By now, reports of lost or stolen business devices are so common that many people open data-breach notices from their banks, insurers, medical institutions, schools and state agencies with something like resignation. In fact, negligence by employees and contractors has been a more common cause of corporate data breaches in the United States than malicious attacks, according to a study of 2011 done by the Ponemon Institute, a research center on data security, and financed by Symantec, a data security company. Institutions, companies and government agencies often devote more resources to collecting information about employees and consumers than to protecting it, security specialists say.
"This is an unfortunate but perfectly cautionary tale of not only how we should look more carefully at protecting data after it is collected," says Lee Tien, a senior staff lawyer at the Electronic Frontier Foundation, a digital rights group in San Francisco, "but also how the data is to be safeguarded before we collect it to make sure it isn't used improperly or disclosed accidentally."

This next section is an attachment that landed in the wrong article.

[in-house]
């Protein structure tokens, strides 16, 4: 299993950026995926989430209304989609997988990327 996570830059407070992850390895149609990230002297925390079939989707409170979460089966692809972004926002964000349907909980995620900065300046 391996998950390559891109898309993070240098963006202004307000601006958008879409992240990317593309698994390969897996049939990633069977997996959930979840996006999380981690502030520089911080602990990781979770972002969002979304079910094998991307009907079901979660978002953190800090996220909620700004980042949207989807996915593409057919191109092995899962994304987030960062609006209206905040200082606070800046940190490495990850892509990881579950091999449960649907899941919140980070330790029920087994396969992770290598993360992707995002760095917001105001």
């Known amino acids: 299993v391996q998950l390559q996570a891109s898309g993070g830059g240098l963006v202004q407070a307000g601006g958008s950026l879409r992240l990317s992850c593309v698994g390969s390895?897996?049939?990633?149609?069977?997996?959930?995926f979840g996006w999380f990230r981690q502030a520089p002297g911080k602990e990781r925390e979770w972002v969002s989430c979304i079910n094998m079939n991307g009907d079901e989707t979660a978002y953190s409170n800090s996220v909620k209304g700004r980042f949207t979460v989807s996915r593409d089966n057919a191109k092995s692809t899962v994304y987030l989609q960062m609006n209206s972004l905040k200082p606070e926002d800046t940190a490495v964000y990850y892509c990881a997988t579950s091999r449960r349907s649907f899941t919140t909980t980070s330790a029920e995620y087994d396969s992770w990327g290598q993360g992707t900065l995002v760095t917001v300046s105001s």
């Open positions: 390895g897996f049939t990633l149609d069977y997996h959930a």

Dr. Nelson and his colleagues at the Jet Propulsion Lab, which is operated for NASA by the California Institute of Technology in Pasadena, didn't set out to become crusaders for workplace data privacy and security. Initially, they wanted only to challenge NASA's background checks, arguing that civilian scientists had a right to keep their romantic, psychiatric and other intimate information private from the government. Besides, they contended, the space agency would not be able to safeguard the information.
The scientists took their case all the way to the Supreme Court, only to lose. In 2011, the justices unanimously ruled that NASA had legitimate reasons to look into personal issues, like whether an employee had received drug counseling. A federal law called the Privacy Act of 1974, which restricts how government agencies share a person's data, the justices said, should protect the information obtained in background checks.